COLLEGE PARK, Md. — The runaway leader for the Doak Walker Award, Boston College senior Andre Williams gave his late run for Heisman Trophy consideration an immeasurable boost Saturday when he became the first player in program history to rush for more than 2,000 yards in a season.
“And you know, he’s still got some meat on the bone,’’ said BC running backs coach Al Washington. “He’ll be the first one to tell you that. He’s one of the sharpest kids I’ve been around. I’m so happy for him.’’
Williams, the rugged 6-foot, 227-pounder from Schnecksville, Pa., became the 16th player in Bowl Subdivision history to reach 2,000 by carrying 32 times for 263 yards, with touchdown runs of 6 and 72 yards. He now has 2,073 yards and 16 TD runs on the season.
Williams, who set the BC single-game and single-season rushing marks last week in his last home game, far exceeded his modest goal of rushing for 1,000 yards this season.
“My goal was just to win,’’ said Williams. “Just win games.’’
Williams, though, said he took to heart something Washington said to him a few weeks ago.
“He said, ‘Accomplishments are a derivative of success,’ and real success is winning these games,’’ Williams said. “And that’s what we’ve got to keep our minds on and go get [win] No. 8. I’ve never seen that before in my career at BC, so this is history for us.’’
Playing with a banged-up right shoulder, Williams aggravated the injury on his 29th carry. He left the field, sat out a series, and returned with 1:32 left to help position the ball for Nate Freese’s winning 52-yard field goal.
“I just know that God is showing this team favor right now,’’ Williams said. “Football is a game you have to play with pain and I was hurting a little bit, but this game was about who was willing to bleed less and that was going to be the loser.
“So we just put it on the line.’’ Williams’s voice trailed off as he repeated, “We just put it on the line.’’
Coach gets credit
Steve Addazio was named a semifinalist for the Maxwell Football Club Coach of the Year honors last week, having guided the Eagles’ turnaround one year after a 2-10 season.
“I’m so proud, so proud,’’ said Washington, a former BC defensive tackle who played for Tom O’Brien. “I haven’t been this proud in a long time. And it’s the way that we’re winning. It’s old school. I think the future for us is extremely bright.
“Coach Addazio is one of the best coaches I’ve ever been around and that’s no disrespect to Coach O’Brien or any of his coaches. But it is what it is. I’m just so proud.’’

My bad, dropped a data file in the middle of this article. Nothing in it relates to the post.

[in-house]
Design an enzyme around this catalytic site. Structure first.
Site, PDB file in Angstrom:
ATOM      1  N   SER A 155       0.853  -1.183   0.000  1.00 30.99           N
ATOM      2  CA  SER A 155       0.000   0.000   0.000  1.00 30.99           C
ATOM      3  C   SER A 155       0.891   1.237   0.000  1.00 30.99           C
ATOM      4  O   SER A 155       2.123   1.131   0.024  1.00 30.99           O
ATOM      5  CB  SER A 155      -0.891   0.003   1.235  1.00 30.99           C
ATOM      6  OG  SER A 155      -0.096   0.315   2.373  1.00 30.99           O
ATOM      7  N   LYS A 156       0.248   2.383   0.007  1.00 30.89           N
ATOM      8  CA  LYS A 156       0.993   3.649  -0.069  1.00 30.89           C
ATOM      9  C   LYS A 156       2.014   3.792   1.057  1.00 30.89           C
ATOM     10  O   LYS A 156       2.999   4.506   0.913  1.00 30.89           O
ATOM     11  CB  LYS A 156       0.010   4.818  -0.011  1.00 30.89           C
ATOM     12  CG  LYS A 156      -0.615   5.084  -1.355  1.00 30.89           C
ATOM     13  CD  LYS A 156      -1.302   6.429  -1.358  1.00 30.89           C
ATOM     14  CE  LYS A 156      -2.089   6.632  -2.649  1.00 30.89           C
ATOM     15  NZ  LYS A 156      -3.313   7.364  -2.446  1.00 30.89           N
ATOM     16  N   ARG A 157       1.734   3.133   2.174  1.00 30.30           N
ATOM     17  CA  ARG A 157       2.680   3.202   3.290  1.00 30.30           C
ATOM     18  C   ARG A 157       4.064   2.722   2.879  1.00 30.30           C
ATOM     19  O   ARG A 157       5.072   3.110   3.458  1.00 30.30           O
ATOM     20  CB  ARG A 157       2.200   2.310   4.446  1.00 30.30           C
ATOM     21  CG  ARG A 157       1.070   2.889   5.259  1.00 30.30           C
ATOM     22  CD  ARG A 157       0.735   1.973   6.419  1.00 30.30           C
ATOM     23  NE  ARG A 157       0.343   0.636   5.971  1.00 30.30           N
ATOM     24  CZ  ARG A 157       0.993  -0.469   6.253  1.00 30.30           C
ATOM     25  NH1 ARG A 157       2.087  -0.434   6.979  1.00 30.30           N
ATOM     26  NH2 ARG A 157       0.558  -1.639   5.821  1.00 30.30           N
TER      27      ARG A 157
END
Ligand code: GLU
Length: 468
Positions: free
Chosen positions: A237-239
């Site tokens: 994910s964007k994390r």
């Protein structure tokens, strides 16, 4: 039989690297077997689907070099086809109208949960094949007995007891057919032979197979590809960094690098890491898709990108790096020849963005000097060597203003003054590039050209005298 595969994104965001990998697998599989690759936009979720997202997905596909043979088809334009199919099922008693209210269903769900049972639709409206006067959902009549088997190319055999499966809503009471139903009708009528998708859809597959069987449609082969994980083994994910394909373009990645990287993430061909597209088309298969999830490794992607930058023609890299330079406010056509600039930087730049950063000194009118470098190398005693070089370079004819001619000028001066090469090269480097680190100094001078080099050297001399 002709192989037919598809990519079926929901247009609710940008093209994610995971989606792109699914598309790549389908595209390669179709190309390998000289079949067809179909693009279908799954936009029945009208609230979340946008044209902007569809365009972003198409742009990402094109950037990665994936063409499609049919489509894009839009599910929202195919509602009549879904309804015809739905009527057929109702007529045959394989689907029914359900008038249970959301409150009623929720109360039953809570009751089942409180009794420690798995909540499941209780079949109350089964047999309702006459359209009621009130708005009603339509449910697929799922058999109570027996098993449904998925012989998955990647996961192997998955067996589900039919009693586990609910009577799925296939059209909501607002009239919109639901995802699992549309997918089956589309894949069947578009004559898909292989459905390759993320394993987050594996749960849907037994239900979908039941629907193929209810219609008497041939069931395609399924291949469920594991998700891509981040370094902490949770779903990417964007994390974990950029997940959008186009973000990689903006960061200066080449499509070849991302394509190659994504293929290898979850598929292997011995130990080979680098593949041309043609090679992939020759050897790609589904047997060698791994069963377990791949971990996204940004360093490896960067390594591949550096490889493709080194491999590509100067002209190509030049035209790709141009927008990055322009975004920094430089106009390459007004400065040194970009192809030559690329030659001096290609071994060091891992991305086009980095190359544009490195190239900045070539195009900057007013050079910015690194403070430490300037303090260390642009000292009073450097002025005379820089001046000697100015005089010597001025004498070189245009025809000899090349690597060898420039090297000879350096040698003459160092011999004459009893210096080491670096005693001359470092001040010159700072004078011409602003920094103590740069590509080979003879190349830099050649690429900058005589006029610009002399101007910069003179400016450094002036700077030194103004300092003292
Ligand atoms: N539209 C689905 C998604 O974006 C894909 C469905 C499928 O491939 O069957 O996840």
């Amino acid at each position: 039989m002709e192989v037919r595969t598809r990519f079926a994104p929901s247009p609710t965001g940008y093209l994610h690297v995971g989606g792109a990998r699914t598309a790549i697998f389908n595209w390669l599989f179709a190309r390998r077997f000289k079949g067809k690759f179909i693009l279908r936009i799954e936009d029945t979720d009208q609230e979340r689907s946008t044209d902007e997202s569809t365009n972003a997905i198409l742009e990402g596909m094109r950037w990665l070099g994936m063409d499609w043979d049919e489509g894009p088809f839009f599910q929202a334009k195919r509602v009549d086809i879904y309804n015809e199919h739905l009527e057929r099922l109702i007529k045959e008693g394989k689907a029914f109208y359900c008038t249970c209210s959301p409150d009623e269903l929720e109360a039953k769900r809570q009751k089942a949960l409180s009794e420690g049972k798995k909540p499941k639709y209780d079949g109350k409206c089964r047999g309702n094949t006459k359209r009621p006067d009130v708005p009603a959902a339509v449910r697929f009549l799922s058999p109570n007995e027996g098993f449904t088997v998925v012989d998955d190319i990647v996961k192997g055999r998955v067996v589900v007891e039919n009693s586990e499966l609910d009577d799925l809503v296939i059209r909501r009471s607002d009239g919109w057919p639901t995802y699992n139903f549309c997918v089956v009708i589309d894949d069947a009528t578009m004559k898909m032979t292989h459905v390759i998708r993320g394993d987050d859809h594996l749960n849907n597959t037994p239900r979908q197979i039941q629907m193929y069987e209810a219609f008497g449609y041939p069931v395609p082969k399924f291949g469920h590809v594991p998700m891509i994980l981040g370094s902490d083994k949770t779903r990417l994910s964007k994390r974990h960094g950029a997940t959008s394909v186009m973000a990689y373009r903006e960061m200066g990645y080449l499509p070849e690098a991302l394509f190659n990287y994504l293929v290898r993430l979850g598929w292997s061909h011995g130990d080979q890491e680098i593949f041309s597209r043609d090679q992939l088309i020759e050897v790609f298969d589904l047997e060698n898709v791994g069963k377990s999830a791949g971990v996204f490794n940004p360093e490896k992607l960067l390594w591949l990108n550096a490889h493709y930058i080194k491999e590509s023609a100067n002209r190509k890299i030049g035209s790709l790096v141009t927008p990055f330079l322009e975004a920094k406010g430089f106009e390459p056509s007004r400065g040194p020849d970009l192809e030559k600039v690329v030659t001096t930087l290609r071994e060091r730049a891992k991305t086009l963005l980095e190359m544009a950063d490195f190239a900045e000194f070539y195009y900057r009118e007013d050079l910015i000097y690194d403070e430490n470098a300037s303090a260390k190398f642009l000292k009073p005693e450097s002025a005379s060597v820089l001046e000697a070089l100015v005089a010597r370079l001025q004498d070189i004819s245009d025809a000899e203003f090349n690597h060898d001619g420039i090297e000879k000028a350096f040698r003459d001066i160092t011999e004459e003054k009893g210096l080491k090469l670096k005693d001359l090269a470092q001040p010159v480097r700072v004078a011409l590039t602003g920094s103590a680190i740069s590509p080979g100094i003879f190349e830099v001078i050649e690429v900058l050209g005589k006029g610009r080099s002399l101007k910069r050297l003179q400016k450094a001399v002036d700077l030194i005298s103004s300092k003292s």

There are 15 other semifinalists for the Maxwell award. Among them are fellow ACC coaches Dabo Swinney of Clemson, David Cutcliffe of Duke, and Jimbo Fisher of Florida State.
As far as Washington is concerned, though, Addazio is a shoo-in as conference Coach of the Year.
“Without a doubt,’’ Washington said. “I’ll fight anyone who has anything other to say, because of what we came from. Like this win, 80 percent of the country will look at it and go, ‘Oh, they won.’ But they have no idea the adversity, the fight, every week, every day we go through.
“I’ll carry this my whole career,’’ Washington added. “I’m a better coach for having been on Coach Addazio’s staff.’’
BC recorded its first blocked punt in two years when Manny Asprilla, the junior cornerback from Everett, Mass., blocked Maryland’s Nathan Renfro in the second quarter. Freshman Matt Milano recovered for the Eagles at the Maryland 6, and Williams scored off left tackle to tie the game, 10-10. The Eagles’ previous blocked punt was Sept. 17, 2011, when Spenser Rositano blocked Duke’s Alex King . . . BC’s defense rang up four sacks to draw within three of reaching its stated objective of 36 this season. Josh Keyes and Kevin Pierre-Louis each had a sack in the first half while Steven Daniels (who also had a fumble recovery) and Brian Mihalik had one apiece in the second half . . . Rettig’s second-quarter interception was his fifth of the season and first in 19 quarters of football, a stretch that went back to the second quarter of BC’s 24-14 loss at Clemson Oct. 12. But Rettig atoned with a go-ahead, 74-yard TD pass to Alex Amidon, the Eagles’ longest pass play of the season . . . Scouts from the Military (Annapolis, Md.) and Advocare 100 (Shreveport, La.) bowls were in attendance.
Michael Vega can be reached at firstname.lastname@example.org.